Sadly (but perhaps not too surprisingly), the rumours took on a life of their own, which led to some extremely difficult times for Catwa’s customer support reps, who have been bombarded with hateful messages (please click on “Reveal Hidden Elements” in Skell Dagger’s post I just linked to). Such behaviour is absolutely shameful and reprehensible. People should be ashamed of themselves.

Other people have speculated that it was rival head store Genesis Lab who pulled the trigger, since after all the Genus Project was founded after a split from that particular brand, but they have also issued a statement that they didn’t file the DMCA, either:

So, if it’s not Catwa or LeLutka or Meshbody or Genesis Lab, who did it? Nobody knows. All we do know, is that Linden Lab received a DMCA complaint against Genus Project heads, and were obligated by U.S. law to take down the offending content.

The Genus Project company can, in turn, file a counterclaim to the original DMCA complaint, and in the following 10 to 14 days (while the offending content is removed from sale), the original complainant must file a case in court against Genus and provide Linden Lab with information on their court case. With the complaint moved to court, LL will keep the Genus content down pending the court’s decision. If the complainant fails to follow up on the DMCA claim with a court case, Genus Project heads can go back on sale (which is what some hope will happen).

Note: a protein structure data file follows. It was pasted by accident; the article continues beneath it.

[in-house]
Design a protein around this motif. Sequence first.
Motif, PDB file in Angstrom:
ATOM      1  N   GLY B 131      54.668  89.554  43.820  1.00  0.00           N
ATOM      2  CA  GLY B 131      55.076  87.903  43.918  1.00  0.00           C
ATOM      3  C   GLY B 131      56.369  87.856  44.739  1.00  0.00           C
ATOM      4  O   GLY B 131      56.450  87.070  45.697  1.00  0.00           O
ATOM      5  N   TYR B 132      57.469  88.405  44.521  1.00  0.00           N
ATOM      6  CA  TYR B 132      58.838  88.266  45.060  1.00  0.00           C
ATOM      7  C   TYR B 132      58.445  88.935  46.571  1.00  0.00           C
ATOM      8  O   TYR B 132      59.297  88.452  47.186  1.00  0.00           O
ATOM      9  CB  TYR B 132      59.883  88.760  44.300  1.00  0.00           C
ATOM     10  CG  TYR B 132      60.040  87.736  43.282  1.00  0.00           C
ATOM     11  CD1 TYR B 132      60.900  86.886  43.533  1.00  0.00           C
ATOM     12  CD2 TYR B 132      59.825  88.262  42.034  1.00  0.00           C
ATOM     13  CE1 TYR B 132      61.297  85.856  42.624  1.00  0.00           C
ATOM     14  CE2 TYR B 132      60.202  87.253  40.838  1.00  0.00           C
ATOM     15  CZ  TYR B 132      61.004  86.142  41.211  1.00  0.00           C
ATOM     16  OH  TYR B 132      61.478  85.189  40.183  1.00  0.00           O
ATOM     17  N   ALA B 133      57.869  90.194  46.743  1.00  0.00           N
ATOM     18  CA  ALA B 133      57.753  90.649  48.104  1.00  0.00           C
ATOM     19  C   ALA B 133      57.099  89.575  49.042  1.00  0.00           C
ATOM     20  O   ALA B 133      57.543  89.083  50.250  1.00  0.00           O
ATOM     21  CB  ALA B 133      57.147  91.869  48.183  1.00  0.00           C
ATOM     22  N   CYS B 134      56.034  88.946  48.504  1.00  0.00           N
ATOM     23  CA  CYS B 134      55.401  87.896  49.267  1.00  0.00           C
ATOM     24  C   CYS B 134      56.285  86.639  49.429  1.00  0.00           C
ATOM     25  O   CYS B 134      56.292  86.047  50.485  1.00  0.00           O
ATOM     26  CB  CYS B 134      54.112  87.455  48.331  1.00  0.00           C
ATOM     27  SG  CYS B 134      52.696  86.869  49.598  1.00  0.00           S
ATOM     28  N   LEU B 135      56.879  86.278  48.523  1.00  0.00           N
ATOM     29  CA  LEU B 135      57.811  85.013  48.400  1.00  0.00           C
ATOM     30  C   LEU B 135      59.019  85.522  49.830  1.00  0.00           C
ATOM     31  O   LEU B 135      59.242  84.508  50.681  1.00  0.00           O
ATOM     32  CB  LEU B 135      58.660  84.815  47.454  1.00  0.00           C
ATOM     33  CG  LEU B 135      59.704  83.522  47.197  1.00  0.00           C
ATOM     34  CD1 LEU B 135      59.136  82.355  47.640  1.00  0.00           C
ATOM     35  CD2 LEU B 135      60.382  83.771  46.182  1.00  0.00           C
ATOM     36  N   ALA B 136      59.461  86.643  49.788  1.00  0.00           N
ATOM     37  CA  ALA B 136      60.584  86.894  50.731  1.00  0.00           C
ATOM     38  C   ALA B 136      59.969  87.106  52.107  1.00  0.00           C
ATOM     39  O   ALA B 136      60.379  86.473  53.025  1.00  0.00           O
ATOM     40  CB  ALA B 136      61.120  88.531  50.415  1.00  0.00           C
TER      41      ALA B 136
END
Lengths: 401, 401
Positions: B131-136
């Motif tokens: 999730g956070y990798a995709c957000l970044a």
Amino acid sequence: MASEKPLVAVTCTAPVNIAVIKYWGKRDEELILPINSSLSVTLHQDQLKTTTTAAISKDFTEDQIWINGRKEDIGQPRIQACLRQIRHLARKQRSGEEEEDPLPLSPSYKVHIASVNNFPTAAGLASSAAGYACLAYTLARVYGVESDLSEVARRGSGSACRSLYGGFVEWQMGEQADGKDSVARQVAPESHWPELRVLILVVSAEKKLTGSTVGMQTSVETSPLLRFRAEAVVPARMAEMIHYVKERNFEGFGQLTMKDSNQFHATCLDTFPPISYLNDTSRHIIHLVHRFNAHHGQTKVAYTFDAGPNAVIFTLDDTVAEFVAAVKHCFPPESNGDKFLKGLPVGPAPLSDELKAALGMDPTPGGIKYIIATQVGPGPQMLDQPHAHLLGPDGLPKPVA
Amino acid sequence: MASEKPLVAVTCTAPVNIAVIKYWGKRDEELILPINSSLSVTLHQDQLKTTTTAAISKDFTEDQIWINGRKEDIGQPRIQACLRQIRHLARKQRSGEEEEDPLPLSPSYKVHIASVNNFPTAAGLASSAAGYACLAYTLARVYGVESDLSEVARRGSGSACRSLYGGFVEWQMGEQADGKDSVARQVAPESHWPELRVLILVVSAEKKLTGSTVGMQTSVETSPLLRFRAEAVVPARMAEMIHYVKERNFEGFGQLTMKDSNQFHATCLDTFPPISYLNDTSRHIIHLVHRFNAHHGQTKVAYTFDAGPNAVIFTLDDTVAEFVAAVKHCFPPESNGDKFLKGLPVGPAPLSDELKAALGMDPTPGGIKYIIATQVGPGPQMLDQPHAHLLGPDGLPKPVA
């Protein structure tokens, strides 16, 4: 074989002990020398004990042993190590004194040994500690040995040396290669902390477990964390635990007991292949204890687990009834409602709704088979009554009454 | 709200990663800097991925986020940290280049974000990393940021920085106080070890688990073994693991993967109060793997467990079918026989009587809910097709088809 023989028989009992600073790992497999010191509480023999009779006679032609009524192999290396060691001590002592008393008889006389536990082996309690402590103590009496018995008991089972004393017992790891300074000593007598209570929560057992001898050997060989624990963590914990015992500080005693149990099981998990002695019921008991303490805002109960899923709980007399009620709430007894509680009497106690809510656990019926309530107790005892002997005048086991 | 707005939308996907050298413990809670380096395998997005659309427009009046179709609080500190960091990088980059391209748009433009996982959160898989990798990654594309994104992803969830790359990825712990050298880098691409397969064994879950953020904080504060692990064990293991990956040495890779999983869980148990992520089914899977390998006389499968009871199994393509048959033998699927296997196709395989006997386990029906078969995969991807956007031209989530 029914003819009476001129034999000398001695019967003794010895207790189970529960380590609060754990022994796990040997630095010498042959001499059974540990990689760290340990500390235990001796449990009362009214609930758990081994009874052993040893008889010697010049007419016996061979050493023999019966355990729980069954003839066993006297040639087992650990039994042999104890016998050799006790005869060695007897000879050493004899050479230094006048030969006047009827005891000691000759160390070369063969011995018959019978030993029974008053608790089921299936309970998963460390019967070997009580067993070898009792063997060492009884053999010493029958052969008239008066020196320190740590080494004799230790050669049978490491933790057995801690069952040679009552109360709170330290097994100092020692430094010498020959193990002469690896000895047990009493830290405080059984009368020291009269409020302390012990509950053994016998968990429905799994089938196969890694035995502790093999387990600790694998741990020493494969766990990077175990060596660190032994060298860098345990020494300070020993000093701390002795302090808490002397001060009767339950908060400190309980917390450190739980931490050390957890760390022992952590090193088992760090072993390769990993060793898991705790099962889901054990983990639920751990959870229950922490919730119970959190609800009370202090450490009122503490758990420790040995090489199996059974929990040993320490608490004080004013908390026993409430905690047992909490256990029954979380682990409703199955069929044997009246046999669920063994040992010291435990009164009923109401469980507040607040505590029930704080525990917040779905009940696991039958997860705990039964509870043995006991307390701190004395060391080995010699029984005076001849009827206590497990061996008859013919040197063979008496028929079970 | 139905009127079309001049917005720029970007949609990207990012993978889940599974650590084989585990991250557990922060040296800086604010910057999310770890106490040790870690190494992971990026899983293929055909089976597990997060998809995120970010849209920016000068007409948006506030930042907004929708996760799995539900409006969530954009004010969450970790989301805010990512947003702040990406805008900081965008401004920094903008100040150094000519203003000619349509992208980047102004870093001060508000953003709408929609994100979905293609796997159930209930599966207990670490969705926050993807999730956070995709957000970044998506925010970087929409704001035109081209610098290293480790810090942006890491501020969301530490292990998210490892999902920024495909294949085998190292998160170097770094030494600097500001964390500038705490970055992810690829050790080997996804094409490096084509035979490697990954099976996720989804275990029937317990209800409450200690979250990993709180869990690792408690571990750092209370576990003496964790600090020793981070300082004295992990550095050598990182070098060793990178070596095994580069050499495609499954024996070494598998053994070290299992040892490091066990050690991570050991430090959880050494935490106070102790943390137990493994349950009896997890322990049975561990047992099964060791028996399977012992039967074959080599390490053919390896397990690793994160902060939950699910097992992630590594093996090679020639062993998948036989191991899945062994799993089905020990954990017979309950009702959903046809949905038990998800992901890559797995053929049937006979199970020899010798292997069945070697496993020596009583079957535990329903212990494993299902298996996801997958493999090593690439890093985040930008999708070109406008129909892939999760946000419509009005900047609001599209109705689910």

So, assuming that Genus Project has filed a counter-notice, their heads could be available for sale again in a couple of weeks. We’ll see.

But this incident is indicative of the intrigue and drama that seem to erupt regularly in the world of the mesh head and body makers of Second Life. Every mesh head and body brand has its passionate adherents and just-as-passionate detractors, who do not hesitate to take pot shots at each other in such gossipy venues like Virtual Secrets (the National Enquirer of Second Life), which of course has had no shortage of submissions this week with commentary on this recent controversy, attacking various vendors and brands: